Coupled with the varying stitches are the figures’ loping movements and gestures: they lean against the wall, slouch on the floor, and stretch stiff limbs, exposing their “lived-in bodies. They are soft but hold their shape and are in poses open to nurturing and comfort though they have already given so much. They are protectors that need protection,” the artist says.
Although much of Havekost’s work centers on smaller creatures, this collection is monumental in scale and a natural progression from the doll-sized pieces she’s made previously. The nondescript works loom within the 18-foot gallery at the Minneapolis Institute of Art, where they’re currently on view through June 26, 2021. “The idea of these figures really owning the space, of the audience having to adjust to their size and presence is what really drove the increased scale and bulk of the pieces. I owed it to the figures to let them be as big as they needed to be,” she says.
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Adorable, cheery, and slightly dazed, this eccentric ensemble of miniatures is the latest from Moscow-based crafter Natasya Shuljak (previously). Made from raw fibers felted together, the expressive characters are imbued with whimsy and play. Flower petals sprout from ambiguous creatures, while other pudgy animals emit a calm and joyful air.
Because Shuljak’s style of dry felting emerged in recent years, she shares that her current preoccupation is with finding new ways to create without the help of tradition. “There is a lot of abstract in my work, and I want to enhance this feeling,” she says, noting that she might seek inspiration in other art forms like sculpture and architecture. “These spheres are united by expressive language: the character of the line, rhythm, texture, color, etc.”
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Although Lucy Sparrow is adept at treating scrapes and bouts of indigestion, her medical specialty lies in helping folks suffering from heart disease, IBS, and various illnesses caused by fiber deficiencies. The U.K.-based artist set up shop with The Bourdon Street Chemist, a fully-stocked, woolen pharmacy that’ll open its doors on January 18, 2021, at London’s Lyndsey Ingram. Over-the-counter medications like plush bottles of Pepto Bismol, Tums, and aspirin line the shelves alongside creams and luxury fragrances.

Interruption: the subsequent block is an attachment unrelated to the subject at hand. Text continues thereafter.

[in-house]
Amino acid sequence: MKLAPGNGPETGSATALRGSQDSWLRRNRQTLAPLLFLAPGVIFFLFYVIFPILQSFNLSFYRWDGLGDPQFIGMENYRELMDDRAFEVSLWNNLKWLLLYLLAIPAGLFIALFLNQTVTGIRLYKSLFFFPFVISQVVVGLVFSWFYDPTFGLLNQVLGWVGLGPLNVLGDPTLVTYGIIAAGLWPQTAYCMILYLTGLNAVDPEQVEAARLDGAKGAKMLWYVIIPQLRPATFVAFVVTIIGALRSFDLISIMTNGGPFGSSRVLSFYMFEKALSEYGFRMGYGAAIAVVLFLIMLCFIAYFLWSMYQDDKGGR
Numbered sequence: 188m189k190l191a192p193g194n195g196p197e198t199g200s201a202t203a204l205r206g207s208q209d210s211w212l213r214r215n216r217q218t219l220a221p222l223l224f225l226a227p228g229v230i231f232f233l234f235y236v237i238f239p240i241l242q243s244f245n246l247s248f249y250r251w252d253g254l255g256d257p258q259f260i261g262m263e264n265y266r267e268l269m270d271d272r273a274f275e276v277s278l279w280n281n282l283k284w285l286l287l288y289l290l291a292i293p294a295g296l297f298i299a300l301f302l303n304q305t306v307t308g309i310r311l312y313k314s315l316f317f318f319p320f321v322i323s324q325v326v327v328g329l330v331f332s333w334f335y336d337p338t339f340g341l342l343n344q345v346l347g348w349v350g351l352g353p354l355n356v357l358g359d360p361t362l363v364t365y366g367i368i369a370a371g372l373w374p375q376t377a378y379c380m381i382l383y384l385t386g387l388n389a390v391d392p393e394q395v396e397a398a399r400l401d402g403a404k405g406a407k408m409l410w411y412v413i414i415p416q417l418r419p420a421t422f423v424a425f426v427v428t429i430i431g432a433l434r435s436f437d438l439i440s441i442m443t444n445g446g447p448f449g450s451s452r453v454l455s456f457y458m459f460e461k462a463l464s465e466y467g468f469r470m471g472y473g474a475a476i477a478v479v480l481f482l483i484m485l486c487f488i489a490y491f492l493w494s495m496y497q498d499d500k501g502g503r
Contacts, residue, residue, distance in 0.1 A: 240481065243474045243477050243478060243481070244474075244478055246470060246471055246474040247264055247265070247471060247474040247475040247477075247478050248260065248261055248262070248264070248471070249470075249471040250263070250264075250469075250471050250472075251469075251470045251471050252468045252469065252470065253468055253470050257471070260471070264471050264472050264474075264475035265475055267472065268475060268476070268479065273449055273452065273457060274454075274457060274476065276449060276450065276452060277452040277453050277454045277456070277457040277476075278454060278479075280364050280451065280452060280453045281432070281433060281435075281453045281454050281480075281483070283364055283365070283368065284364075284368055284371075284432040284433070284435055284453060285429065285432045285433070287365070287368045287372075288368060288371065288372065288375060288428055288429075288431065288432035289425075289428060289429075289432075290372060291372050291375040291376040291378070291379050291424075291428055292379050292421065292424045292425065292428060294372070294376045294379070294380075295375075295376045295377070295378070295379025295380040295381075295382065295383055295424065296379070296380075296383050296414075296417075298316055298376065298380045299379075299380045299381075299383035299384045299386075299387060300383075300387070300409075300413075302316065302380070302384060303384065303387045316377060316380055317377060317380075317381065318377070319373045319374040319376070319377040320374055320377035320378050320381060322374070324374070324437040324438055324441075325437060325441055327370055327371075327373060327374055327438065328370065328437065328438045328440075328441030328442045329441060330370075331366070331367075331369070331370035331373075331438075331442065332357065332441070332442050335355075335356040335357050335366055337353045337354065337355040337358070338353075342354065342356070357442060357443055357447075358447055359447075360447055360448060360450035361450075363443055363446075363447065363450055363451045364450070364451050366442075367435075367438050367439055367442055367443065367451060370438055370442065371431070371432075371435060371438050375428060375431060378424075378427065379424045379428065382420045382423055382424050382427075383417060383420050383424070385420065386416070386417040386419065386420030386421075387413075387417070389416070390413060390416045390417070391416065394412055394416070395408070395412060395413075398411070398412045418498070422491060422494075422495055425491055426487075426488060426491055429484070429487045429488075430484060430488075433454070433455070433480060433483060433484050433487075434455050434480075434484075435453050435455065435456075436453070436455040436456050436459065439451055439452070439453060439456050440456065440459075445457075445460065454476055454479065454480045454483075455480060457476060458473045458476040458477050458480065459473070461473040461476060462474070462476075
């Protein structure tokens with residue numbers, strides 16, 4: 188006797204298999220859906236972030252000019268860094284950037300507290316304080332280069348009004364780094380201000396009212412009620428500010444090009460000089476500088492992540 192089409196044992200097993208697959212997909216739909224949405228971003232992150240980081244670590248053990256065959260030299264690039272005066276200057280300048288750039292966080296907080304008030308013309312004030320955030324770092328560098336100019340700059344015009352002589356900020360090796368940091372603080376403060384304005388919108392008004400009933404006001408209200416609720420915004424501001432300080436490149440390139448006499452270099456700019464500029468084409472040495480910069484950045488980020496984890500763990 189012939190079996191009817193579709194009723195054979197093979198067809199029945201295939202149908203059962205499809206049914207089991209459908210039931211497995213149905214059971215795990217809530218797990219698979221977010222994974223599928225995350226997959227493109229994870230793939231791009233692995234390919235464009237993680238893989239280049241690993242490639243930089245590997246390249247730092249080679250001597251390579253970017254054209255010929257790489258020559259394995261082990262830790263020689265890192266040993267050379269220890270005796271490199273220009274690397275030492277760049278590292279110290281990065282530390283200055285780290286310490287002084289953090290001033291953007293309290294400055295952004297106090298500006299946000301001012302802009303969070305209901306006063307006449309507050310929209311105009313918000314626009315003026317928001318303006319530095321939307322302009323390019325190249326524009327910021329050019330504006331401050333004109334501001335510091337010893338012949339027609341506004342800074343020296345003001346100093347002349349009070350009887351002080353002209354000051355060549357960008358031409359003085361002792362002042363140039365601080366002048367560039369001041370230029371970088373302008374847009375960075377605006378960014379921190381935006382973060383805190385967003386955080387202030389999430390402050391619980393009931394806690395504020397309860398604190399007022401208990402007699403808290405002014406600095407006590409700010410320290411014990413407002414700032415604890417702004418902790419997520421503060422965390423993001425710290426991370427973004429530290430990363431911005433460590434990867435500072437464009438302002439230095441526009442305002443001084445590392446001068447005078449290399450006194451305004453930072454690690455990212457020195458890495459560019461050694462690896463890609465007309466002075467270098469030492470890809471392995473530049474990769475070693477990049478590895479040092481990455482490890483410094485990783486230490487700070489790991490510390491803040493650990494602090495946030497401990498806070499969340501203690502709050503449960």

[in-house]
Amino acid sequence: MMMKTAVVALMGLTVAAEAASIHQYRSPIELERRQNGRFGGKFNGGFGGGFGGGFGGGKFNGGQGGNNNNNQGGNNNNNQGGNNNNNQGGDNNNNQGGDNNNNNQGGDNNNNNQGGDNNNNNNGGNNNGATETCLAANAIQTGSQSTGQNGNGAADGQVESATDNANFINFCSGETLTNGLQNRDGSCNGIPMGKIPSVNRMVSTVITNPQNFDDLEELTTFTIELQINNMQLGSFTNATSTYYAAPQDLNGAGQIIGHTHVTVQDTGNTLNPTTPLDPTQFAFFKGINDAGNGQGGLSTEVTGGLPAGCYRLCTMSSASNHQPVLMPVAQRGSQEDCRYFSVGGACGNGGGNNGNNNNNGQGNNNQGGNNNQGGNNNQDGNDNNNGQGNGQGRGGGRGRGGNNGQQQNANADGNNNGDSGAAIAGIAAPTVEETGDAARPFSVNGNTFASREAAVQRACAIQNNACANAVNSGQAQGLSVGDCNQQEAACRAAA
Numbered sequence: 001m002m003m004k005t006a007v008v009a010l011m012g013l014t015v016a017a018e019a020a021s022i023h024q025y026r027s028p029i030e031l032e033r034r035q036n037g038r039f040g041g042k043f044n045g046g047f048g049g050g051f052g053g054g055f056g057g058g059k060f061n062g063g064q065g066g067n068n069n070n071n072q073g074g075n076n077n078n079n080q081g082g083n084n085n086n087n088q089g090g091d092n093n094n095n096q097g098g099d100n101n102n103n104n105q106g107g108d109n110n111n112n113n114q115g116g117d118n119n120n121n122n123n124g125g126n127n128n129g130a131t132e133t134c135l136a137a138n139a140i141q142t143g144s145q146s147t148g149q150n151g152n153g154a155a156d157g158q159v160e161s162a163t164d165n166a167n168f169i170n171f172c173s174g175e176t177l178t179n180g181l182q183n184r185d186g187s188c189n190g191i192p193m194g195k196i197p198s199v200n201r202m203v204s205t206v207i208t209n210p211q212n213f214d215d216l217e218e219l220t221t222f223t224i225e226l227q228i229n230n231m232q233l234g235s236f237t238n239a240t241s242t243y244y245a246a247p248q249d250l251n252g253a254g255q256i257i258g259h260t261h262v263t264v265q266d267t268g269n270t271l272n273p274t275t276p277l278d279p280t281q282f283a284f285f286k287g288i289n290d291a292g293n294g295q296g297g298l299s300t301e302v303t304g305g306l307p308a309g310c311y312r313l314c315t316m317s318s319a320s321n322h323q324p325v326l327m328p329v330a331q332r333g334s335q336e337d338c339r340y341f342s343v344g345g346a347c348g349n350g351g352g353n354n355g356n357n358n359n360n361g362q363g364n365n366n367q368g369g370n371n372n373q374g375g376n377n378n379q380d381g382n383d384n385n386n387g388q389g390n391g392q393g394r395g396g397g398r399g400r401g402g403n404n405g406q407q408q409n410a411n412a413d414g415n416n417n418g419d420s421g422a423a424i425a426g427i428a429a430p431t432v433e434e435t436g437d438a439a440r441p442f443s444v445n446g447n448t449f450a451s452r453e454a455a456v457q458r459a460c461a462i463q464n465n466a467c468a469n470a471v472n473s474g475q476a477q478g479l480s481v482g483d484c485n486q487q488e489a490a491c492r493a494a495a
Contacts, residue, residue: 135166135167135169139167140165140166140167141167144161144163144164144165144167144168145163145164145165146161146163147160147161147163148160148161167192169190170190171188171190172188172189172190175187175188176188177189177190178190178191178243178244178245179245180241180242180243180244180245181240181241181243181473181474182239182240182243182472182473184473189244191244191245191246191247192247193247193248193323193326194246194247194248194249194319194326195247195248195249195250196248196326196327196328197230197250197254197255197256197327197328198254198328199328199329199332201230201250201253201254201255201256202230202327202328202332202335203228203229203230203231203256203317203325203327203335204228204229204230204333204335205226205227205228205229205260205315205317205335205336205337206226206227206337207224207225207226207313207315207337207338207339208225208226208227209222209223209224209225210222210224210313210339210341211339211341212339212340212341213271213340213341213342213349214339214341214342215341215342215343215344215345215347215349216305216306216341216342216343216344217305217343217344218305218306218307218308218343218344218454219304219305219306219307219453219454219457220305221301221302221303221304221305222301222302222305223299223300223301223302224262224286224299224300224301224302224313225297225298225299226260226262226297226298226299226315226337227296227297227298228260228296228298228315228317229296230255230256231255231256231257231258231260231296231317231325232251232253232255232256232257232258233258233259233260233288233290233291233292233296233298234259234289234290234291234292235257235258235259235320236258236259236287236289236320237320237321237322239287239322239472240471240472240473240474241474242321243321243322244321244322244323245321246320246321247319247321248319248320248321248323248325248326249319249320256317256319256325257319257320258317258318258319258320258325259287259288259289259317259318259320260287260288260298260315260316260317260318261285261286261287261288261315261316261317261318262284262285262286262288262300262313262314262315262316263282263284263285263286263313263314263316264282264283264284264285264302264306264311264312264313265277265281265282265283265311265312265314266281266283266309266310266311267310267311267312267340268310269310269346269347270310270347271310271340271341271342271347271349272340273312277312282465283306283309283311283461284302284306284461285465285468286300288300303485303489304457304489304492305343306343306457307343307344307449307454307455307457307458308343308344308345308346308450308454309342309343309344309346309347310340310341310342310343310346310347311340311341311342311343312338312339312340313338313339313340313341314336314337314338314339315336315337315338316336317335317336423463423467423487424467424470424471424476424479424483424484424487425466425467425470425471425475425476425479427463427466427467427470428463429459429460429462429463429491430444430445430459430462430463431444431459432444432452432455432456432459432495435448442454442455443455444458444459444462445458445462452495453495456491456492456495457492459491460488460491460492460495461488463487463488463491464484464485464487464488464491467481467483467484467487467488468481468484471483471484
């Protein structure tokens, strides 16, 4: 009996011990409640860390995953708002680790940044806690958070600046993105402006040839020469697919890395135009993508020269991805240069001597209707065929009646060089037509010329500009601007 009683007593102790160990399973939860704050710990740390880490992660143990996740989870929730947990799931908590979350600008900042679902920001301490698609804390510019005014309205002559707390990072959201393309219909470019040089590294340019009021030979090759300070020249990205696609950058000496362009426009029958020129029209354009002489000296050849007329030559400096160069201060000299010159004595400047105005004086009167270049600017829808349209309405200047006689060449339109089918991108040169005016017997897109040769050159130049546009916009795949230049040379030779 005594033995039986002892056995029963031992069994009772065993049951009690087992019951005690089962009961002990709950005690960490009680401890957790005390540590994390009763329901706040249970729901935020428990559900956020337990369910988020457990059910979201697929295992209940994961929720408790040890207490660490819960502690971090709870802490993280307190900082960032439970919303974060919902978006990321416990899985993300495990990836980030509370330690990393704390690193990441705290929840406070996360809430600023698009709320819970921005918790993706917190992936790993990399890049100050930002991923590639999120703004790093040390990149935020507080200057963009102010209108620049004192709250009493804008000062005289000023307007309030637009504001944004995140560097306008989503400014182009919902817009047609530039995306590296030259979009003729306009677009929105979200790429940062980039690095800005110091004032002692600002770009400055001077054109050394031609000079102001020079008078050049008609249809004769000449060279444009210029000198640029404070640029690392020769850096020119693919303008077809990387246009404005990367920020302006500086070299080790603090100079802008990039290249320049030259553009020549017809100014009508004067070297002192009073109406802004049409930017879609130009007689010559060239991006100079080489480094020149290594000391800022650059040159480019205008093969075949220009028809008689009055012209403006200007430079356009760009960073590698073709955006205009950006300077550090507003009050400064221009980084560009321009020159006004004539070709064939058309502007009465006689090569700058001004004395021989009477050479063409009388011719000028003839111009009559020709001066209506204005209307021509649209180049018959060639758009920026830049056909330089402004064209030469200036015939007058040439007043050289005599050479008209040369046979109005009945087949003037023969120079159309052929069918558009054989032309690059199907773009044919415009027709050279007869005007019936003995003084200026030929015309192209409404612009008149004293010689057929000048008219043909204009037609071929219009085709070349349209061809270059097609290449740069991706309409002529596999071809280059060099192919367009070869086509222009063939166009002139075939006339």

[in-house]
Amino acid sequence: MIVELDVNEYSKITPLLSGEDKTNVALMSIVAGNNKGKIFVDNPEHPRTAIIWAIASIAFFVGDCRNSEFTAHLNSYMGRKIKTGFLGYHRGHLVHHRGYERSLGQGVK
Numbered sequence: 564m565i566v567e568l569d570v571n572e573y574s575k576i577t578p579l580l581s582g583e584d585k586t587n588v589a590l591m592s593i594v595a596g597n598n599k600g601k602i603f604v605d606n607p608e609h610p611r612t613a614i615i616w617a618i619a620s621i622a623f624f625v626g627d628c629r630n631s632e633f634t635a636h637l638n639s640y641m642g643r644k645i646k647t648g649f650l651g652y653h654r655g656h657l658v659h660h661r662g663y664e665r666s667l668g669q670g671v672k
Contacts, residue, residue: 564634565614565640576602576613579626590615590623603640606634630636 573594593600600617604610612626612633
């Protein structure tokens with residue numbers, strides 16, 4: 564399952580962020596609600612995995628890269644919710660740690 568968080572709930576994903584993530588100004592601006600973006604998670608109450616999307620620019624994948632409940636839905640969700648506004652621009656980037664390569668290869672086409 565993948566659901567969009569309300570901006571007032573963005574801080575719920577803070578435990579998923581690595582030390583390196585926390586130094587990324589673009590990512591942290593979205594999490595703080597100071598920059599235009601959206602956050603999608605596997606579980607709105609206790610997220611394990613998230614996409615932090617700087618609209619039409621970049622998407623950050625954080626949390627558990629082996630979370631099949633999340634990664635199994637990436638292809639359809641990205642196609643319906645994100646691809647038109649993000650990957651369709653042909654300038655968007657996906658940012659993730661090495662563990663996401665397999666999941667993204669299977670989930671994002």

Sparrow’s medical practice, though, expands beyond the drug store with an entire surgical unit for more severe injuries and illnesses in her studio. The retro, tile-lined room is outfitted with traditional operation equipment and a woolen cadaver with compact organs, a skeleton, and even a bleeding heart.
Similar to her previous undertakings that filled bodegas and supermarkets with household goods, Sparrow hand-stitched the entirety of The Bourdon Street Chemist with painstaking precision, not only ensuring a variety of pharmaceuticals are available but also inscribing each tablet and bottle with fabric-paint labels. The artist established this new medical unit after converting a decommissioned ambulance into a “National Felt Service” vehicle and performing a live-felt-surgery at Miami Art Week in 2018.
Anyone who’s binged on Sparrow’s felt potato chips or wooly Sour Patch Kids can pick up a similarly fibrous remedy from the white-coat wearing artist, who stations herself in the large-scale installation. “There is something so intensely intimate in sharing your personal—and often embarrassing—ailments with a stranger. But because that stranger is wearing a white coat you feel safe and trust them with secrets you wouldn’t tell your best friend,” the artist says.
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Rollerskating Poodles and Croissant Characters Form an Adorably Eccentric Cast of Felt Characters by Cat Rabbit
Working out of her studio in Melbourne, textile artist Cat Rabbit (previously) felts a quirky troupe of characters complete with distinctive garb and accessories. A croissant-headed figure dons a striped skirt and floral hat, Pomeranians carry pin cushions on their backs, and four swaggering poodles outfitted with roller skates appear ready to compete in the rink.
Some of the anthropomorphized creatures are particularly personal to the artist, like the blanket-enshrouded toad (shown below) that was inspired by a friend’s love for the children’s series, Frog and Toad. Similarly, the George Eliot-esque pug is a nod to writer Zadie Smith and her pup, Maud, who Cat Rabbit met last year. “I presented it to her when I went up to get my book signed. She was amazing and kind, and when the writer next to her at the table asked me, ’so what is it that you do, actually?’ Zadie immediately said, ‘this, obviously.’ Being validated by your hero! I was on a cloud for months,” she says.
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Highlights below. For the full collection click here.